“You didn’t ask to be you, bro. I didn’t ask to be me. I didn’t ask to have this skin. I didn’t ask to be who I was, bro. Nobody in here asked that. The beautiful people? Your beautiful parents made you, bro. You didn’t ask for that. You didn’t ask to live where you live or anything. So when you see people, forgive them and accept, you feel me? You gotta open your mind and say, man, nobody asked to be born. Life is hard, kinda.”—Lil B (via 100newfears)
The title of this post is directly copied from the title of the article, so though the article does interest me, don’t assign to me the excitement hinted at by the punctuation :)
This is another article with discussion of the work of historical linguists. I hadn’t known that English had gendered nouns back in the day. The proposed reasons behind the disappearance of grammatical gender in English is intriguing as well. I think it’s pretty cool looking at how outside factors, and the languages they bring with them, can affect an already existing language, especially when the invading language doesn’t replace the original language completely.
As for my answer to the question posed at the end of the article, I don’t believe that English would be better with grammatical gender. It’s already one of the most difficult languages to learn as a second language and I don’t know what benefit would be added if our nouns were gendered. If grammatical gender existed in English, it would possibly make it easier for speakers of some languages to learn English, providing that the gendering was similar for both, but I think it would make the task even more difficult for speakers of languages where the noun genders differed.
J. K. Rowling: I said to Arthur, my American editor - we had an interesting conversation during the editing of seven - the moment when Harry takes Draco’s wand, Arthur said, God, that’s the moment when the ownership of the Elder wand is actually transferred? And I said, that’s right. He said, shouldn’t that be a bit more dramatic? And I said, no, not at all, the reverse. I said to Arthur, I think it really puts the elaborate, grandiose plans of Dumbledore and Voldemort in their place. That actually the history of the wizarding world hinged on two teenage boys wrestling with each other. They weren’t even using magic. It became an ugly little corner tussle for the possession of wands. And I really liked that - that very human moment, as opposed to these two wizards who were twitching strings and manipulating and implanting information and husbanding information and guarding information, you know? Ultimately it just came down to that, a little scuffle and fistfight in the corner and pulling a wand away. Melissa Anelli: It says a lot about the world at large, I think, about conflict in the world, it’s these little things - J. K. Rowing: And the difference one individual can make. Always, the difference one individual can make.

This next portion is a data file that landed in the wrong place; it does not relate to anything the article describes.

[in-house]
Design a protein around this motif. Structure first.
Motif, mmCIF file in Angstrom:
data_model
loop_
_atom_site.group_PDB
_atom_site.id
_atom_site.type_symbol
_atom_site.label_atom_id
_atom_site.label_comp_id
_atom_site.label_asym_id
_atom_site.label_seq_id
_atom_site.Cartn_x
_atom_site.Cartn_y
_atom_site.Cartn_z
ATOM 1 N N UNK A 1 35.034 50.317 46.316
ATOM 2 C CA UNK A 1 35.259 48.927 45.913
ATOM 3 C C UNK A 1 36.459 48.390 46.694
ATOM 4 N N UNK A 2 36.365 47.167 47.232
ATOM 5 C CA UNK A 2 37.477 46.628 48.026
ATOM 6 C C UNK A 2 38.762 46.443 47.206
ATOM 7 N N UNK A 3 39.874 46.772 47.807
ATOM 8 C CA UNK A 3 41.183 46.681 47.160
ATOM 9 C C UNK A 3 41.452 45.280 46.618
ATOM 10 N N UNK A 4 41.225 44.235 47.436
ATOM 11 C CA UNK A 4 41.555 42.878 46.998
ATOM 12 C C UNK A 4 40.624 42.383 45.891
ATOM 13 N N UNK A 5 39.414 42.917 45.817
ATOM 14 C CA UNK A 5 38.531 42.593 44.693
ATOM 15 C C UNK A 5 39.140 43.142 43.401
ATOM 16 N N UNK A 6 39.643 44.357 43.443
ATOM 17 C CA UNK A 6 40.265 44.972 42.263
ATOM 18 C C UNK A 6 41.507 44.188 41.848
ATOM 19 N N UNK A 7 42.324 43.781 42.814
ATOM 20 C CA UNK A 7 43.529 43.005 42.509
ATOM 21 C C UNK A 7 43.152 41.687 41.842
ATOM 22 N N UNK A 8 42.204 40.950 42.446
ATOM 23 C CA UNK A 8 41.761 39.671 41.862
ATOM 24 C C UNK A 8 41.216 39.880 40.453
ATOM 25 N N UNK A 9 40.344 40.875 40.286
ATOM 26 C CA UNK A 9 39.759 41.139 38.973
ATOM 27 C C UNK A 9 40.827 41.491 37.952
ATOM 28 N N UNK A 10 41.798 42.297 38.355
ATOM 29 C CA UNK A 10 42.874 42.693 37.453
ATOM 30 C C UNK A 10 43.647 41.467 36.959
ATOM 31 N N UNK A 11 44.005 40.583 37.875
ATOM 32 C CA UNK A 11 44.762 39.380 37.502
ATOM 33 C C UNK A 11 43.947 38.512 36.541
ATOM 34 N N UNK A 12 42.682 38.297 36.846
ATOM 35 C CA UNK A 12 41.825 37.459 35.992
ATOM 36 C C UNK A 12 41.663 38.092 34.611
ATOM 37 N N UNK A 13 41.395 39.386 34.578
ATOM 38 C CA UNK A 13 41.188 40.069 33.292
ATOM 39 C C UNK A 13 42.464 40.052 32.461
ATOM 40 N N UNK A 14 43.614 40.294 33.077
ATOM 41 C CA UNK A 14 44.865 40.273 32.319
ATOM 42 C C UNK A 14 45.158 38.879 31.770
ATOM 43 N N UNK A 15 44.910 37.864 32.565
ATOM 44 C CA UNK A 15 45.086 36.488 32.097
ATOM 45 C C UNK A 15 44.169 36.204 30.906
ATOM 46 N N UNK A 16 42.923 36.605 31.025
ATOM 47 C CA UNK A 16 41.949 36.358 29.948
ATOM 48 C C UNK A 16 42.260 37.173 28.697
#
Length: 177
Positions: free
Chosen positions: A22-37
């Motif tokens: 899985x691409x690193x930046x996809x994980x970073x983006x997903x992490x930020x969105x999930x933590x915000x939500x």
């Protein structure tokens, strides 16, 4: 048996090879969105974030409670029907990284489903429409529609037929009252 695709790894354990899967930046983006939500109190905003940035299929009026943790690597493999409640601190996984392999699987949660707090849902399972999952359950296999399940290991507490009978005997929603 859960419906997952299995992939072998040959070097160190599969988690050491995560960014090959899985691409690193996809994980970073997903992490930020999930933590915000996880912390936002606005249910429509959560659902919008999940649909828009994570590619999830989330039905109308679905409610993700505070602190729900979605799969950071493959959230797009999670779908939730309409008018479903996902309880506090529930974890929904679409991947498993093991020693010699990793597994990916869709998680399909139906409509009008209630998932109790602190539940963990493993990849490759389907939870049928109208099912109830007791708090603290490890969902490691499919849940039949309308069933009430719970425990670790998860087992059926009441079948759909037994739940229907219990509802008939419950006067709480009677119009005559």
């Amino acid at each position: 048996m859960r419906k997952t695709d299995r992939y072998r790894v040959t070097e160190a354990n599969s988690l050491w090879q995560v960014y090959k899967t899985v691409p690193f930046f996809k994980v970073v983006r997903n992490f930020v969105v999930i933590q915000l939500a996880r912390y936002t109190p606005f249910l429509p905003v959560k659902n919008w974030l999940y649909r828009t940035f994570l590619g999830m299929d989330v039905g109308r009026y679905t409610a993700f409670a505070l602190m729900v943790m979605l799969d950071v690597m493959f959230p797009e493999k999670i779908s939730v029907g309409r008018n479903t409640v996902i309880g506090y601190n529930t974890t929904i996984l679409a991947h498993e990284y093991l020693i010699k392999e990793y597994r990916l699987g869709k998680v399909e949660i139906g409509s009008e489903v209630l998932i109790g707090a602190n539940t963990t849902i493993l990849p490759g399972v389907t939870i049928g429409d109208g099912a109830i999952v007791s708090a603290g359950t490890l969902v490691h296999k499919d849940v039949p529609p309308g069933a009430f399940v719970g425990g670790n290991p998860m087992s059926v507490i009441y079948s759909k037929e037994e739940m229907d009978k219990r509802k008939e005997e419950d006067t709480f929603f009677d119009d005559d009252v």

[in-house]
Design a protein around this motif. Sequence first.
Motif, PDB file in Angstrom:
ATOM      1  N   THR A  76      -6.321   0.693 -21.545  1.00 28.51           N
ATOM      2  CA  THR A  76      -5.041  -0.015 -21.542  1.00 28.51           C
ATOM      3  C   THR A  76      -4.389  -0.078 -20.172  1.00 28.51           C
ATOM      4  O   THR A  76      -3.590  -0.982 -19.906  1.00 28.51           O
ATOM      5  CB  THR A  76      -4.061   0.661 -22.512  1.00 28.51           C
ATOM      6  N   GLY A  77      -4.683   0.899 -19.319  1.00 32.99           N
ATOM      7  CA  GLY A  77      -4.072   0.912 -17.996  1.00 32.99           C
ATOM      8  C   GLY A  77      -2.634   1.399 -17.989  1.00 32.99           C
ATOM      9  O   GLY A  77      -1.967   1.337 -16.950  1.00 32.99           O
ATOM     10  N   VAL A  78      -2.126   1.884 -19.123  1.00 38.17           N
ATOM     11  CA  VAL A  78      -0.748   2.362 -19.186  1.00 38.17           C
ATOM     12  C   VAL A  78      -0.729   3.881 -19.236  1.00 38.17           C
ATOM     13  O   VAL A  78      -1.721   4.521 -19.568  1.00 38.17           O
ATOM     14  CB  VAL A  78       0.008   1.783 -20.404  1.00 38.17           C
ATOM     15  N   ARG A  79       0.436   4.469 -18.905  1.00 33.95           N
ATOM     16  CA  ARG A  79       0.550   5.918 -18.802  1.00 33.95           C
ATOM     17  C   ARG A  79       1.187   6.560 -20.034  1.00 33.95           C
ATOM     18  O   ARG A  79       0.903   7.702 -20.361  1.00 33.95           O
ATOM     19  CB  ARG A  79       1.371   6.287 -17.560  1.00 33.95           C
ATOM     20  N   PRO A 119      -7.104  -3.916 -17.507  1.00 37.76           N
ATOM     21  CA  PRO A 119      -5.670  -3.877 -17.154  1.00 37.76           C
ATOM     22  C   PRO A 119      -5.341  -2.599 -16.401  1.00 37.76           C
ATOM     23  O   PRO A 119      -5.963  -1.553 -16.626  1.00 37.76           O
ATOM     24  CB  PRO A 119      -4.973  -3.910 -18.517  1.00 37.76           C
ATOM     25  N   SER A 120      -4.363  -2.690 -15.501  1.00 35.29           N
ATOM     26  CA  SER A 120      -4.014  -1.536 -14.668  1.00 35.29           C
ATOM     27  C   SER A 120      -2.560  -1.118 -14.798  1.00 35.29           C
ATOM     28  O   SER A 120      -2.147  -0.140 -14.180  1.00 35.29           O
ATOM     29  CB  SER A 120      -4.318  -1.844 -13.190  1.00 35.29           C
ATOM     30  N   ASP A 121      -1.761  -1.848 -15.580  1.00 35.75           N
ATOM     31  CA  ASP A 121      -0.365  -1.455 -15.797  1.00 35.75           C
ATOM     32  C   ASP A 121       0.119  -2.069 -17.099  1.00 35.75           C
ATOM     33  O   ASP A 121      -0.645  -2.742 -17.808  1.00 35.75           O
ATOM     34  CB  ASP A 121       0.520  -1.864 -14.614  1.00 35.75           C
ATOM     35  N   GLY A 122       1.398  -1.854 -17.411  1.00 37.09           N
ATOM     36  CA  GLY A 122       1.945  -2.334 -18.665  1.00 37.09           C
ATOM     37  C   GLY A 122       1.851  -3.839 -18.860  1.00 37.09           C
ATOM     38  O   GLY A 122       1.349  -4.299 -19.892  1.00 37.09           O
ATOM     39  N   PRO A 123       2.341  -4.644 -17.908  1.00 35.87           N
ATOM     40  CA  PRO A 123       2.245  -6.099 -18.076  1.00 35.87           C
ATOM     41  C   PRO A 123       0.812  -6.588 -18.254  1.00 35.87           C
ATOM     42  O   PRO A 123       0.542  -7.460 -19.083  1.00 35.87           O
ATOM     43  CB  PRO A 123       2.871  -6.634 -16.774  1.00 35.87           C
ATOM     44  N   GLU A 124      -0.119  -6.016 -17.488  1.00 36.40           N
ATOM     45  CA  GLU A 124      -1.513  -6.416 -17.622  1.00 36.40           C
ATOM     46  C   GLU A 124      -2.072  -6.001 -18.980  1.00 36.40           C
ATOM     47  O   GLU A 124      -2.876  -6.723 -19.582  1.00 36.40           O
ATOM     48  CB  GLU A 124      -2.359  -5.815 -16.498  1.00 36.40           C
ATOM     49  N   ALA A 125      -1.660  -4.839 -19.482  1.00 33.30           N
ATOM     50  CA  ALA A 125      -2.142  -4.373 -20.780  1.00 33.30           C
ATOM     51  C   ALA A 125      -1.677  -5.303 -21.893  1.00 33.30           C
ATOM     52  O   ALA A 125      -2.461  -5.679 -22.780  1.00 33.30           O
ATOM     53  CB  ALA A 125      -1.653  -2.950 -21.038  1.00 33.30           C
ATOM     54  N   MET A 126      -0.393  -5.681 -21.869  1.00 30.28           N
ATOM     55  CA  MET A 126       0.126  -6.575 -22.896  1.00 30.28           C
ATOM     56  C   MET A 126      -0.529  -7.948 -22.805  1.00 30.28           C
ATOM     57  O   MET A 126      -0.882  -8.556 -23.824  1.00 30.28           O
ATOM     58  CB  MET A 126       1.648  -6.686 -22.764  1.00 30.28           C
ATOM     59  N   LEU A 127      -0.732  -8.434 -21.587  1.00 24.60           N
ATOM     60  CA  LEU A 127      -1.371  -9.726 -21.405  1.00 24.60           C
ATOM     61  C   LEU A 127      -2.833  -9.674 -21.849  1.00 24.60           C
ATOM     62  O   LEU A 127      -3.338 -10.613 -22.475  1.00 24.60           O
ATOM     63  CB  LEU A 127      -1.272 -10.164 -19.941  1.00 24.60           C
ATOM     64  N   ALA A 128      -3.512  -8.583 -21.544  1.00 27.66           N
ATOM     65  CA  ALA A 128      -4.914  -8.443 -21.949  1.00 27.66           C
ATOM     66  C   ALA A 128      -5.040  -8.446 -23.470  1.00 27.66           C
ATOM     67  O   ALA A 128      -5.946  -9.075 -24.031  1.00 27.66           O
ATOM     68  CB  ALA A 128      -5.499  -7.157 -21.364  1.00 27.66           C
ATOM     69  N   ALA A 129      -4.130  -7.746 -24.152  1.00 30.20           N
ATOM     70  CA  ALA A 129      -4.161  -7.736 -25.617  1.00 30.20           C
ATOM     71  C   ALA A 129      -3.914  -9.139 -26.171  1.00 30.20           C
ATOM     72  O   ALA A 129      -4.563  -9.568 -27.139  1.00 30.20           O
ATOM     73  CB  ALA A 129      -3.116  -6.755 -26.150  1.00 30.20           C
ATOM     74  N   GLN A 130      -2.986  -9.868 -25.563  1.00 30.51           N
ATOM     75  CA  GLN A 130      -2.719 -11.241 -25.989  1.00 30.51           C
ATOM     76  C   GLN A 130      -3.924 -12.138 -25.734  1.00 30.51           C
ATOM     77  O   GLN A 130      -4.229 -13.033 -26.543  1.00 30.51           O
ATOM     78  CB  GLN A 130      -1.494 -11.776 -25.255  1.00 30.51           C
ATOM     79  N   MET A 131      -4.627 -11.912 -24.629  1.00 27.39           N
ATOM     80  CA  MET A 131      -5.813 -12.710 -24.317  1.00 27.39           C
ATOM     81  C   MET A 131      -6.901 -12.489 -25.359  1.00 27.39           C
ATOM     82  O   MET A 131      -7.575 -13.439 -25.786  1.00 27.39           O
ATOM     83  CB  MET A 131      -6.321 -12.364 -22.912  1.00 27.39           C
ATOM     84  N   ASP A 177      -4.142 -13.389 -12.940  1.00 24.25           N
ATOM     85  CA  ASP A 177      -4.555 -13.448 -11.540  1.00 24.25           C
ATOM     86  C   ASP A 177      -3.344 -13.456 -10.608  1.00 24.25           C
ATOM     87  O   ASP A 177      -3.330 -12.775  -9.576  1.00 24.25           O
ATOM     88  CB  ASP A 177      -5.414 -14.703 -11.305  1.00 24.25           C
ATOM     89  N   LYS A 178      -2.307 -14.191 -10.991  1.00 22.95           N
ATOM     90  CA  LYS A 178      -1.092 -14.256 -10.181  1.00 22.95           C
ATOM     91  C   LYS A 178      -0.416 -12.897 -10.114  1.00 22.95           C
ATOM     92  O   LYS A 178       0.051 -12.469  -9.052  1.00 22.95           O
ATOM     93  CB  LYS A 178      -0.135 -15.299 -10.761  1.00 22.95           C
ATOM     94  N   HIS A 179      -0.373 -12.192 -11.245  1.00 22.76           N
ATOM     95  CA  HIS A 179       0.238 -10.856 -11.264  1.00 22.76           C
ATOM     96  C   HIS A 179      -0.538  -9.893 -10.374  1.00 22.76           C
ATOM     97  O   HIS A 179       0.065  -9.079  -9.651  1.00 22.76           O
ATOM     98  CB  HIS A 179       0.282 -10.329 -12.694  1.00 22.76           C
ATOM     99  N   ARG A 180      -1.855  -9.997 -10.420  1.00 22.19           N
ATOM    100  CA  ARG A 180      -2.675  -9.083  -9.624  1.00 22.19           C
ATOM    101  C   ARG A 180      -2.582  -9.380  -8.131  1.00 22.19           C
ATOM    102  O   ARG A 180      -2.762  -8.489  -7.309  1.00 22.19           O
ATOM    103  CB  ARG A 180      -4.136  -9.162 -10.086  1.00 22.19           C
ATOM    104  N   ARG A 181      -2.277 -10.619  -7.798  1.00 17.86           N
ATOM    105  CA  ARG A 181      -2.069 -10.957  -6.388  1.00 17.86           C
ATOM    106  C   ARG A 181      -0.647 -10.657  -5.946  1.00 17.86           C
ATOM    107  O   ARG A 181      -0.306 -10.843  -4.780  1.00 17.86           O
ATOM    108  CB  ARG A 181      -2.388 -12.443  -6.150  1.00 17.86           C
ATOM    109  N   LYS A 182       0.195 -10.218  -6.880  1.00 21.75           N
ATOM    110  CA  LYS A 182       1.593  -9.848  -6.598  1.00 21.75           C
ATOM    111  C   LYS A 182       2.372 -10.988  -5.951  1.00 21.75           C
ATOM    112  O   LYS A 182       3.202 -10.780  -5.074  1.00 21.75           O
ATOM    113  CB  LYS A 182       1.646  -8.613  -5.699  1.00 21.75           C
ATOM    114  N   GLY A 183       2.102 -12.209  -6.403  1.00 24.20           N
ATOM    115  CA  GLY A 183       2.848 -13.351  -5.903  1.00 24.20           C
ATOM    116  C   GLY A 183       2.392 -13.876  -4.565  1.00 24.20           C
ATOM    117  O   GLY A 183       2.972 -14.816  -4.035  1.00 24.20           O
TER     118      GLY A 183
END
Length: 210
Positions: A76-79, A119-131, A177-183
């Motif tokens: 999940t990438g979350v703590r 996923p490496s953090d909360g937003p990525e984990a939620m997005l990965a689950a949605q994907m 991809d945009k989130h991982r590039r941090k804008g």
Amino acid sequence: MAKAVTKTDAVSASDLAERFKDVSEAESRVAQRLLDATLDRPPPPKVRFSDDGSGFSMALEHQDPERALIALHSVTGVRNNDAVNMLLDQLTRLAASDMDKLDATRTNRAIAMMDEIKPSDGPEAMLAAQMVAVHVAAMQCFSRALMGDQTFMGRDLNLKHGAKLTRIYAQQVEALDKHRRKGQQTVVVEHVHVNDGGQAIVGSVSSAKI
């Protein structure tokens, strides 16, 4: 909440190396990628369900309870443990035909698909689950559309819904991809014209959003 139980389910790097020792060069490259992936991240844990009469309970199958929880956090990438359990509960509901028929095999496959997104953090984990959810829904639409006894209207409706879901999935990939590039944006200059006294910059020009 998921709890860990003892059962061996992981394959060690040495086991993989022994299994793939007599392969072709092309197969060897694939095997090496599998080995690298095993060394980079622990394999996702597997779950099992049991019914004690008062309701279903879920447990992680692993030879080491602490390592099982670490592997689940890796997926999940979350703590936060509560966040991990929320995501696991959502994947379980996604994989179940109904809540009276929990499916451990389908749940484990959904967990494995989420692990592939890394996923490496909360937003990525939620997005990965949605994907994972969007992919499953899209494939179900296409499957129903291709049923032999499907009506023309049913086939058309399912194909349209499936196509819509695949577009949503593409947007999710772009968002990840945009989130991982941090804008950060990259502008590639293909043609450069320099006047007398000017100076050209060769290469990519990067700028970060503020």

“Man, I’m pro-caring. That’s a big thing we should bring back. Let’s bring back caring about each other, honestly, genuinely. Anybody can have their preconceived notion about me. They can be like, “I think he looks like this and I have my vision in my head.” But after the day, break that down. Look at me and I’m not what you think. Some people not even be thinking nothing about me. They might have love. They might look at me like a baby, like a little alien. Cuddle. Hold me. But, man, bruh, all this is is a positive healing. With this historical time together I want everybody in this building to know everybody is your friend here. People that love Lil B’s music and respect Lil B from the core, we’re about positivity and not judging, letting people be theyselves. Be yourself one hundred and one thousand percent.”—Lil B (read more at The Fader)